Reactionaries hate bicycles

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Critical Mass, SF
sfgate.com

After perusing a rather bizarre Op-Ed in the Wall Street Journal the other day on the issue of bicycles as instruments of totalitarianism and being reminded of the idea that bike paths are part of a "new world order'', I've been asking myself, what is it that right wingers have against goddamn bicycles?

Is it because riding a bike means consuming no gasoline and that their mouthpieces have been paid oil company hacks for so long, it's reflexive? Or because the paragons and heroes of the American right tend to be as far removed from physical exercise as their rank and file is from mental health? Or because pedaling people somehow intrude on the divine right of the sacred automobile?

I figure it's got to be a bit of all of these plus the idea that people getting around by self-propelled two wheelers is, well, European, hence evil. Which flys in the face of everything conservatives are supposedly in favor of: self-reliance, personal responsibility and ingenuity.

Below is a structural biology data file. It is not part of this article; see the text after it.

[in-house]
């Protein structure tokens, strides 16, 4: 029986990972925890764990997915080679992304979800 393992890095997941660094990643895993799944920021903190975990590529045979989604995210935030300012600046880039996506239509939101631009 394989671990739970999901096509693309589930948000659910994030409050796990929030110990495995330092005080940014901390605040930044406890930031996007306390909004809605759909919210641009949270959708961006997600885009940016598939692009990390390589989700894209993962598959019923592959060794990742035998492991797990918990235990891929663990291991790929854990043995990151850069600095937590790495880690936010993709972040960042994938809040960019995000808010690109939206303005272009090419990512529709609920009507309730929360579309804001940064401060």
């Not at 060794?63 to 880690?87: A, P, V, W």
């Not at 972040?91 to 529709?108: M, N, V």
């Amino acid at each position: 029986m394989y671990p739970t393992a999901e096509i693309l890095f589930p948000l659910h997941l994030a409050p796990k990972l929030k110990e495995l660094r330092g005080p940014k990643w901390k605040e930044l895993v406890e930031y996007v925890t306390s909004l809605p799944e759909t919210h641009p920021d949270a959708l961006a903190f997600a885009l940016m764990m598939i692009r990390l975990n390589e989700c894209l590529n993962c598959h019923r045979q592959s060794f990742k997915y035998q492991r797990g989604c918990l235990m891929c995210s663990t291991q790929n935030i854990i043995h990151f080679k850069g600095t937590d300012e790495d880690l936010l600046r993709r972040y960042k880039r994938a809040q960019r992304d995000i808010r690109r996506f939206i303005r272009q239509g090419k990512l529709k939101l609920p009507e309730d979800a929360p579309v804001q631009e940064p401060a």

Yet the human propelled bike itself may be disappearing with the advent of an electric one whose price isn't that steep. Like an electric car, it has a 40 mile radius on its charge, but unlike a car, you can turn the engine off and make it go yourself. As lots of riders that are less than fanatical may not care to brave SF's steep hills on every trip, this could mean an enormous new wave of riders, making Critical Mass almost a daily event.

Damn right I'm for it, too. Yeah, watching out for bikers while driving takes more concentration and sometimes cyclists stray out of their lanes and wreak havoc. But compared to the noise, stink and glut of the car (and in a city where parking is almost impossible), this is a great development--regressives be damned!